Ketamine Therapy for Anxiety: An Overview

Medically reviewed by Dr. Mark Hrymoc, M.D.

The symptoms can feel overwhelming, whether you experience general anxiety, panic attacks, phobias, or post-traumatic stress disorder. You are willing to try any treatment to ease the symptoms; for many, the first line of treatment is an antidepressant medication. Combined with counseling, antidepressants can be effective.

Not everyone sees improvement, however. They fall into the category of treatment-resistant anxiety. They have tried multiple medications and protocols, yet nothing seems to work. Fortunately, there are new therapies to help people overcome treatment-resistant anxiety, such as ketamine therapy.

What is Ketamine?

Ketamine is a synthetic drug initially used as an anesthetic in the 1960s. In the following decade, ketamine was used illegally as a recreational drug for its hallucinatory effects when taken in large doses. Researchers have recently studied its effects on mental health symptoms that aren’t treated with typical antidepressants and therapies. 

Findings show ketamine is an excellent alternative when administered through infusions. The Food and Drug Administration Services approved ketamine as a nasal spray Esketamine to treat depression. Doctors find it is also helpful in treating anxiety.

How is Ketamine Therapy Different Than Antidepressants?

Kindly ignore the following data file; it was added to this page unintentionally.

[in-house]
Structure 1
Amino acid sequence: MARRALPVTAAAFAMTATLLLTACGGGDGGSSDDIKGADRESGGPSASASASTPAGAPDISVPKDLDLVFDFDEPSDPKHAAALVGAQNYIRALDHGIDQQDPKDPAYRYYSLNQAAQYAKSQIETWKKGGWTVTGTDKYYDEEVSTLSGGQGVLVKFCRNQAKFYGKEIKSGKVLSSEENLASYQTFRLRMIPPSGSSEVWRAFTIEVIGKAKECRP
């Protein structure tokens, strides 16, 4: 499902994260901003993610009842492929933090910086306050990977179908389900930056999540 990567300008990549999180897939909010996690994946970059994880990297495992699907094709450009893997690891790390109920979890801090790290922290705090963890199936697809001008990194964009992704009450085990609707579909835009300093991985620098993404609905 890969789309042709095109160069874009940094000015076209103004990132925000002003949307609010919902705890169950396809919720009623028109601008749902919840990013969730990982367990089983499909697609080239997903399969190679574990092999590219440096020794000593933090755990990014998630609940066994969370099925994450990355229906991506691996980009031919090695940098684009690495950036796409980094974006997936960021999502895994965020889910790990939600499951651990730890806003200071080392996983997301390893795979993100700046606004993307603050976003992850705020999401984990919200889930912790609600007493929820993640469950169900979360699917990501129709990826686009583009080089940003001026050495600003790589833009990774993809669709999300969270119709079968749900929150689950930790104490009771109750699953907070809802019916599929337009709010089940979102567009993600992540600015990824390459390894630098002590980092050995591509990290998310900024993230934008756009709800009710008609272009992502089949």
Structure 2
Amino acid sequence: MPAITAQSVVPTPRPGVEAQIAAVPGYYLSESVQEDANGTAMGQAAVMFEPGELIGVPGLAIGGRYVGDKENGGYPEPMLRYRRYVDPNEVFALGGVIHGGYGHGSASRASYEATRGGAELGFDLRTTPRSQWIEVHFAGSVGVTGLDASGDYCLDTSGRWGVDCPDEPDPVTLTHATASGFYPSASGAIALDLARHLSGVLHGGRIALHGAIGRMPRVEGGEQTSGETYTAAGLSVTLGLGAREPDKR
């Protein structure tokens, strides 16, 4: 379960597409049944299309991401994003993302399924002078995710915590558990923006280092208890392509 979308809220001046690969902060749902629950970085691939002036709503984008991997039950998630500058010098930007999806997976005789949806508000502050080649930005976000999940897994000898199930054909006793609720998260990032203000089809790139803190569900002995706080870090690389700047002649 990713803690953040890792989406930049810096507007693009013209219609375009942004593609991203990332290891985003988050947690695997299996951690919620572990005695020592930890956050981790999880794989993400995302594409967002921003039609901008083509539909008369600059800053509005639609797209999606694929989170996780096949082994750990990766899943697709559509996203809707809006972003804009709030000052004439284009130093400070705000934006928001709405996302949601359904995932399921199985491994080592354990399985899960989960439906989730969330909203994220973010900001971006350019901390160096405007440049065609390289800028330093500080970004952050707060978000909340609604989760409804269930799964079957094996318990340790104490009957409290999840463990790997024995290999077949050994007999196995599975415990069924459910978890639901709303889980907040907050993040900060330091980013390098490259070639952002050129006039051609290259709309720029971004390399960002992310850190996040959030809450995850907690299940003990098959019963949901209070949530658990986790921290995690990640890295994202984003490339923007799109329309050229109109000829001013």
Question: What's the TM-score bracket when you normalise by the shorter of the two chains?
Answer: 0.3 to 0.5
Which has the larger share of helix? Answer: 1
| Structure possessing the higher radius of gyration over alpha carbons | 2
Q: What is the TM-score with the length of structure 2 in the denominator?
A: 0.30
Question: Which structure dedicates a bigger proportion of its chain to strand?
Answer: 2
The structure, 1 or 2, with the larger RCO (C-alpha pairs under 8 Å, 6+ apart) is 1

Antidepressants work in the brain to boost Serotonin, dopamine, norepinephrine, and other neurotransmitters that boost your mood. Ketamine works on a neurotransmitter called glutamate. It increases glutamate, which also improves mood. 

Antidepressants often take days or weeks to start working. Ketamine only takes a few hours to work. People on antidepressants report side effects and withdrawal symptoms when missing a dose of their medication or trying to wean off it. Ketamine is administered at the lowest dose by a psychiatrist or clinician; most side effects are positive. You don’t have to be weaned from it since the body does not become dependent upon it.

Antidepressants are taken orally, daily. Ketamine is taken once during the ketamine treatment. You do not take a prescription of ketamine home with you. It is not considered an addictive medicine when administered through ketamine therapies.